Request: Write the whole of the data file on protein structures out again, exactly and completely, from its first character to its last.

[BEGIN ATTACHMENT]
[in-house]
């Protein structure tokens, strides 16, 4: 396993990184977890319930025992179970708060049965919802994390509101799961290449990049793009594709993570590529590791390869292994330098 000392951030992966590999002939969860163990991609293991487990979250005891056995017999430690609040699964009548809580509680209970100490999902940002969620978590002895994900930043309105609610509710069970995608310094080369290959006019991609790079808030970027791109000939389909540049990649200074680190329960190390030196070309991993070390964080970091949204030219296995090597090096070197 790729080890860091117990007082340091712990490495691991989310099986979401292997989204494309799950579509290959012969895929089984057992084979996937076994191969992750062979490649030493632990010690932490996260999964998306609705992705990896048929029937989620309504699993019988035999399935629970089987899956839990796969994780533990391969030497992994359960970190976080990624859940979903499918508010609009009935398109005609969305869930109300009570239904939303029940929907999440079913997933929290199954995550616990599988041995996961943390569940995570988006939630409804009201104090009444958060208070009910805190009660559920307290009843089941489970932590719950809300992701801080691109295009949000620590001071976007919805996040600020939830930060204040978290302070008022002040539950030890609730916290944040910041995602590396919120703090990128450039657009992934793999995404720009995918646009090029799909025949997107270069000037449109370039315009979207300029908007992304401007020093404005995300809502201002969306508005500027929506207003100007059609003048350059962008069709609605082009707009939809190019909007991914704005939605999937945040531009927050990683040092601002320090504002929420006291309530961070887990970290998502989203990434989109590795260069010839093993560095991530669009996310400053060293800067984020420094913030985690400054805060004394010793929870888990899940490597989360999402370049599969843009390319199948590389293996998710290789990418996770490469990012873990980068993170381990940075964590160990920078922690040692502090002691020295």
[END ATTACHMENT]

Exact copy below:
[in-house]
């Protein structure tokens, strides 16, 4: 396993990184977890319930025992179970708060049965919802994390509101799961290449990049793009594709993570590529590791390869292994330098 000392951030992966590999002939969860163990991609293991487990979250005891056995017999430690609040699964009548809580509680209970100490999902940002969620978590002895994900930043309105609610509710069970995608310094080369290959006019991609790079808030970027791109000939389909540049990649200074680190329960190390030196070309991993070390964080970091949204030219296995090597090096070197 790729080890860091117990007082340091712990490495691991989310099986979401292997989204494309799950579509290959012969895929089984057992084979996937076994191969992750062979490649030493632990010690932490996260999964998306609705992705990896048929029937989620309504699993019988035999399935629970089987899956839990796969994780533990391969030497992994359960970190976080990624859940979903499918508010609009009935398109005609969305869930109300009570239904939303029940929907999440079913997933929290199954995550616990599988041995996961943390569940995570988006939630409804009201104090009444958060208070009910805190009660559920307290009843089941489970932590719950809300992701801080691109295009949000620590001071976007919805996040600020939830930060204040978290302070008022002040539950030890609730916290944040910041995602590396919120703090990128450039657009992934793999995404720009995918646009090029799909025949997107270069000037449109370039315009979207300029908007992304401007020093404005995300809502201002969306508005500027929506207003100007059609003048350059962008069709609605082009707009939809190019909007991914704005939605999937945040531009927050990683040092601002320090504002929420006291309530961070887990970290998502989203990434989109590795260069010839093993560095991530669009996310400053060293800067984020420094913030985690400054805060004394010793929870888990899940490597989360999402370049599969843009390319199948590389293996998710290789990418996770490469990012873990980068993170381990940075964590160990920078922690040692502090002691020295």